We went on a quest to find you the best and most trendy restaurants in Amsterdam, and visited a dozen of eateries that are considered the top restaurants of the Dutch capital. Every single one is listed in the “Lekker top 100”, a Dutch annual restaurant guide, and/or owns (at least) one Michelin star. We evaluated these restaurants based on their food, service and decor and we ordered different dishes while we were there. We can tell you this one thing: we didn’t mind that at all.
1. CIEL BLEU
Ciel Bleu is unquestionably one of the best restaurants Amsterdam has to offer; we even think it’s the best there is. Executive chef Onno Kokmeijer and chef de cuisine Arjan Speelman from Ciel Bleu received their second Michelin star in 2007 and did not fail to keep it until today. And who are we to question Michelin’s critics? The service and decor of this restaurant are not inferior to the food (classic French), as the restaurant’s chefs experiment with numerous unusual combinations of flavors. This makes dining in this restaurant a unique experience, time and time again. It is possible to order a la carte, but we decided to have the seasonal menu (the autumn menu), which had as much as six courses. The king crab combined with caviar really was a true highlight.
Monday – Sunday: 6.30pm -10.30pm.
(Lunch only for groups and with reservation)
2. &Samhoud Places
Just like Ciel Blue, &samhoud places is a two star Michelin restaurant and competes with aforesaid restaurant for the title of “Best restaurant in Amsterdam”. Which of the two restaurants takes the first place is really a matter of taste. If you are into trendy restaurants, this is the place to be. Israeli chef de cuisine Moshik Roth prepares every dish with surgical precision, which is not exactly a coincidence since he initially wanted to become a surgeon. &samhoud places was founded just recently in 2012, and immediately it received two Michelin stars in the Michelin Guide 2013. Roths’ former restaurant ‘t Brouwerskolkje owned two stars as well, so it’s not that surprising. Among other things, we ordered a four course menu a la carte, with a main course consisting of a quartet of veal cheek, veal tongue, rabbit kidneys and snails a la carte. Delicious!
1011 AD Amsterdam
Tel. +31 (0)20 260 20 94
Tuesday – Friday: 12pm – 1am.
Saturday: 3pm – 1am.
3. RON Gastrobar
RON Gastrobar is everything but the pretentious two-star restaurant run by chef de cuisine Ron Blaauw. You would expect to find this restaurant in the Bib Gourmand rather than in the more prestigious Michelin Guide. The restaurant is more trendy than chic. You can order various small dishes a la carte for 15 Euros, and there are plenty of nice wines that are under 30 Euros. There is only one disadvantage: these wines cannot be ordered by the glass. And that’s a little too much for a (business) lunch. Blaauw uses everyday dishes, like fried egg on toast or spareribs, and turns them into something special. It’s a pity that Blaauw feels strongly about the chef and food taking centre stage instead of ambience or service, as especially service leaves much to be desired. We think service in this restaurant is a little too amicable, which is probably an attempt to match the modern interior. The food however tasted great, at least that’s what we thought when we ordered the NYC-style steak off the barbeque the last time we visited this trendy restaurant. And of course a nice and smooth Malbec, preferably an Argentinean one, is the perfect wine to pair with steak. We got lucky, as this wine was on the menu for 27 Euros a bottle.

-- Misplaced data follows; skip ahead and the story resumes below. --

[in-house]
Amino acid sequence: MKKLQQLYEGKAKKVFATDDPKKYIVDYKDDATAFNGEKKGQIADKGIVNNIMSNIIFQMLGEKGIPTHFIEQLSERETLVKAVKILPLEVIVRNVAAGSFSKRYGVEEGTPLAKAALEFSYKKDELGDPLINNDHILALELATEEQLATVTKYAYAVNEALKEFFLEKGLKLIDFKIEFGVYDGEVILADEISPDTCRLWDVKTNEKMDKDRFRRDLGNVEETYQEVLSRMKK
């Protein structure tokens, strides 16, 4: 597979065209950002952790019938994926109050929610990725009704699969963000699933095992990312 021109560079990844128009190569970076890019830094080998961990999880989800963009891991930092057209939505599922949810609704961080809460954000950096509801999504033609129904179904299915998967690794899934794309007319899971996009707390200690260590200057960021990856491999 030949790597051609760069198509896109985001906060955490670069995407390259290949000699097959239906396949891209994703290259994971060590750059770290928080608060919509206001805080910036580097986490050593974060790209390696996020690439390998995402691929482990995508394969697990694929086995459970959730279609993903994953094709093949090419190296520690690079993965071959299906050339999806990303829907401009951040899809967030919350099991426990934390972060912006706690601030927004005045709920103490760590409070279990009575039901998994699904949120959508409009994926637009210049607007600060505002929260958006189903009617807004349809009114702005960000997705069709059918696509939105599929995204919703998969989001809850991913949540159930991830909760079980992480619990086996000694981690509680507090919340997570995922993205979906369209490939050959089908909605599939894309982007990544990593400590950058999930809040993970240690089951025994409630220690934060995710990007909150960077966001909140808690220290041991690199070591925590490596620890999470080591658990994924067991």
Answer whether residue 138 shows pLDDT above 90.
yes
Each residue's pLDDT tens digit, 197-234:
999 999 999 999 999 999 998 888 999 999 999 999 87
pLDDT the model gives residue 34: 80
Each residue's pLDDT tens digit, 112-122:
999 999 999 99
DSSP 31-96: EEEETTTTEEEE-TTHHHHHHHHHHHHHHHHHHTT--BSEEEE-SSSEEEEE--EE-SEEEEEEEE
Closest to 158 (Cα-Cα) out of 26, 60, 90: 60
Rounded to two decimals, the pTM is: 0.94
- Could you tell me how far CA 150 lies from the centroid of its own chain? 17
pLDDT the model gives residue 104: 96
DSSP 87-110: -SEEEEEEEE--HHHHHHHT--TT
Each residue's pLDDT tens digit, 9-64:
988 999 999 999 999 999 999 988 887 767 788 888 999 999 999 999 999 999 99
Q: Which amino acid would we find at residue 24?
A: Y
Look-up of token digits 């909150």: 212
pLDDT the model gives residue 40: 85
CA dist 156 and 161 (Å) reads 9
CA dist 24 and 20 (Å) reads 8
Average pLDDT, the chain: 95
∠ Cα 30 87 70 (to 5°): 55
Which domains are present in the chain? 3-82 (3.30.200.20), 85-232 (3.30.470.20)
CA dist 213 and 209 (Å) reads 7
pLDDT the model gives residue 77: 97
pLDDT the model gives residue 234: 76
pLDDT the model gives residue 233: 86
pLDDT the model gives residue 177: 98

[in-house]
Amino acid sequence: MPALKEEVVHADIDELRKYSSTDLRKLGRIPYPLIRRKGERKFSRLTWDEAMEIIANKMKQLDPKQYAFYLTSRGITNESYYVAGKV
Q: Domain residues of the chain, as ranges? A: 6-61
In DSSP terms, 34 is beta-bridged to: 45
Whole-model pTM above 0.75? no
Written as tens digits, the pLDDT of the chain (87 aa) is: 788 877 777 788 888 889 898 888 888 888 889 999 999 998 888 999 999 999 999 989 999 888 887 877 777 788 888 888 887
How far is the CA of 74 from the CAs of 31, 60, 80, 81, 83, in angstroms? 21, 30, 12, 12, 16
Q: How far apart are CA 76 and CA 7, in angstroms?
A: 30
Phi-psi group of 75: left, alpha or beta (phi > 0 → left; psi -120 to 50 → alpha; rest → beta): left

1075 BP Amsterdam
Tel. +31 (0)20 496 19 43
Sunday to Friday: as of 12.00am. Saturday: as of 5pm.
Vinkeles is situated in The Dylan Hotel and it’s the only restaurant in this list where food is being surpassed by service and decor. Since 2009, executive chef Dennis Kuipers and his kitchen team own a Michel star and they are certainly not planning on handing it in. What is more, we think they stand a good chance of getting an extra star within a foreseeable time. The food is a refreshing combination of the classic and modern French kitchen. After having ordered saddle of hare the last time, we decided to go with pigeon this time. Anjou pigeon to be precise, with gravy made from the carcass, prepared with dried apricots. It was delicious, just as the cheeseboard by which, surprisingly enough, a white wine was recommended to us. Nice little detail: the name Vinkeles comes from 18th-Century engraver and draughtsman Reinier Vinkeles from Amsterdam.
Restaurant Amsterdam Vinkeles
1016 GB Amsterdam
Tel. +31 (0)20 530 20 10
Monday – Saturday: 7pm-10.30pm.
5. La Rive
Restaurant La Rive , which is situated in the InterContinental Amstel Hotel Amsterdam, used to have two Michelin stars during two periods of time (1997-2000, 2002-2005). Rogér Rassin and his kitchen team serve high quality food but it’s not that special, although that’s always a necessary requirement for a second star. The same is true of the tuna we ordered, prepared the Thai way with coconut and Thai curry. It was good, but not better than a similar dish you get at a better Thai restaurant. The saddle of roe wasn’t that special either, at least not as special as the saddle of hare we ordered at Vinkeles. The same goes for the interior of this not so very trendy restaurant. There is actually nothing distinctive about La Rive. Nevertheless, thanks to its consistent quality and virtue, this restaurant earns its spot in our top 5 best restaurants in Amsterdam. Should Rassin want to get his second star back, he will have to be more creative.
Restaurant La Rive (InterContinentel Amstel Hotel)
Professor Tulpplein 1 1018 GX Amsterdam Tel. +31 (0)20 520 32 64
Opening hours: Tuesday – Saturday: 6.30pm – 10pm. zondag: 5pm – 9pm.